One of the places to get such impulse responses, is www.altiverb.com.

Don't forget to remove the first 40ms of the impulse response, since it contains the direct sound, something which we do not want our reverb channels to contain.

Again, SurroundBoy, your guide is really good for what it is, but the technique is simply outdated.

Last edited by Jones_R; 4th October 2003 at 02:18.
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Old 4th October 2003, 04:01   #11  |  Link
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Originally posted by Jones_R

Again, SurroundBoy, your guide is really good for what it is, but the technique is simply outdated.
Your post and link might have some really good effects. Is this method useful for purely separating a stereo audio stream into a 5.1 audio stream? I don't necessarily want to put an effect on the audio, just "convert" to 5.1 audio...

Any clarification on your posted method would be appreciated!
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Old 4th October 2003, 19:58   #12  |  Link
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Eye of Horus,
Where exactly did you see me mention the word "Ambisonics" ?. Yes, I heard something about Ambisonics, but as far as I know, Ambisonics needs special encoded material to work with. It can't just work with any stereo recording. At least that's what I've heard...

Also, the technique I showed really needs a minimum of 4 surround speakers to sound good. 2 won't cut it. Also, the room should be acoustically dead.

Without those two factors, I'm affraid the results might not be satisfying.

In this light I found your remark about the "outdating" rather insulting and....... strange ! Because you point to a method that was developed in the 70's >>>>>>>>> Ambisonics !
Again, I'm not so sure what you mean by "Ambisonics", since I haven't taken a good look at it, yet (because it needs special recorded material to work with), but, the technique I've showed could not have done much help back in the seventies, since it requires a processors to convolve, in real time, several channels, with high accuracy. That level of processing power has only been available to us in recent years.

Your post and link might have some really good effects. Is this method useful for purely separating a stereo audio stream into a 5.1 audio stream? I don't necessarily want to put an effect on the audio, just "convert" to 5.1 audio...
You can't convert 2 channels into 5.1 channels without adding any effects to the surround channels. The only way to do this, will be to duplicate the 2 channels singnals, into the surround speakers, and play it like that.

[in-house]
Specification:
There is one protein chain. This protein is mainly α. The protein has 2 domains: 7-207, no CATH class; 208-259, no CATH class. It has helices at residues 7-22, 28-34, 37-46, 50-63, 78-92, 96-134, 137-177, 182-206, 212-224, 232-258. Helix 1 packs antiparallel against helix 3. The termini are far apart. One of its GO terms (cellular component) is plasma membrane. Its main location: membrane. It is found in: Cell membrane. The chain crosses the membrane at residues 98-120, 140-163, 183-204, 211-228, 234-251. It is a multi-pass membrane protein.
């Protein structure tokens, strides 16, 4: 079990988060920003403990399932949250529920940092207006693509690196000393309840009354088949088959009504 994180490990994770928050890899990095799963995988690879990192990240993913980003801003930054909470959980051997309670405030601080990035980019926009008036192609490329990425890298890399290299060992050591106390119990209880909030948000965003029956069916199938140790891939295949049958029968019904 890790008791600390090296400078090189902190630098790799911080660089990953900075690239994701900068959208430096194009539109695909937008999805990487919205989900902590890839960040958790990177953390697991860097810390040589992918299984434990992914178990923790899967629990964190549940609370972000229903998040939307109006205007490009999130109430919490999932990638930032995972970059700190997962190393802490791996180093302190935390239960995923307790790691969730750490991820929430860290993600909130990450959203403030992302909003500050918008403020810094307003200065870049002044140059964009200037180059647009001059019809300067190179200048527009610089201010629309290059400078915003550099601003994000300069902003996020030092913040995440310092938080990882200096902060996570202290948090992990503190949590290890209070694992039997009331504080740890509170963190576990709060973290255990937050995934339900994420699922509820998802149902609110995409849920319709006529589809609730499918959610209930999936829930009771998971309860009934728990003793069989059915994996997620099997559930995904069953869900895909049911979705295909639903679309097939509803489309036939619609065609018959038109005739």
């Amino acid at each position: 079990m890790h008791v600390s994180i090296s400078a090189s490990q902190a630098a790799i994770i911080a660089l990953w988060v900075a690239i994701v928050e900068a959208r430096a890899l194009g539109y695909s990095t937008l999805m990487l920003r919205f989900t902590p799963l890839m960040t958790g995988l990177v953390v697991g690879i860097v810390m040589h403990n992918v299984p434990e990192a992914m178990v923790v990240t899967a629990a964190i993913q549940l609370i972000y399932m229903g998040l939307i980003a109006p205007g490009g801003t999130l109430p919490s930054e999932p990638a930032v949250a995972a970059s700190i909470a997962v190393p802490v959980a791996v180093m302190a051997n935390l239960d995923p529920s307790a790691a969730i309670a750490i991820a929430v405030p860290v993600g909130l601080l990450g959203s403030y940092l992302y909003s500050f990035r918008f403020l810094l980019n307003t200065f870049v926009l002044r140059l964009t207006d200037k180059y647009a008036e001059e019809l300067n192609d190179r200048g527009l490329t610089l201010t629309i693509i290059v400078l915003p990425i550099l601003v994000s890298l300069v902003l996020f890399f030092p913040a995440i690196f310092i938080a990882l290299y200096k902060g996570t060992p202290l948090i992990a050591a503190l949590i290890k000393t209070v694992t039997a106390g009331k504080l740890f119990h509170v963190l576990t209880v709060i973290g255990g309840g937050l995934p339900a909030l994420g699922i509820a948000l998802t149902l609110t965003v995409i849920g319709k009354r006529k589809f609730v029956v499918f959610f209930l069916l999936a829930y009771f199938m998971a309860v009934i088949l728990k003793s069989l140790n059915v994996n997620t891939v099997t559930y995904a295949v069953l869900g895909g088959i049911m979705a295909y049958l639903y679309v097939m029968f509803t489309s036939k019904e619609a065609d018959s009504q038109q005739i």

Consider for a moment, what do you want to recreate with your audio system ?. I, for one, would like to recreate a concert, like it has been heard in the first place, if I was really there. Meaning, the stage is in front of me, and I can hear the "hall reverb", all around me. Hearing a violin or a piano playing behind me, might sound cool, but is not how I hear it in a real concert, and it is not the way that the artist wanted you to hear it, when he recorded the 2 channels mix.

In order to achieve what I want, you first need the impulse response of the hall that you are trying to mimic in your own room. An Impulse Response, is the deacy of the sound which is played on stage. The decay, of course, is different between different halls/auditoriums, and is affected by their size, shape, and several other factors. The deacy is actually the sound which is reflected from the hall's walls. Of course, each wall of the hall reflect the sound in different ways. Good recordings of Impulse Response, record the decay, using several microphones, around the best seat in the hall. Then, at home, you attach each impulse response measurement, into its corresponding surround speaker.

The sound which is played through your main stereo speakers isn't changed at all. its signal is simply duplicated to all the surround speakers, and as I've said before, each surround speaker (channel) already has an impluse response attached to it. Then, this impulse response is convolved with the signal which was duplicated from the stereo pair, and what you get, is the same decay of a real hall, as if your speakers were playing in that hall.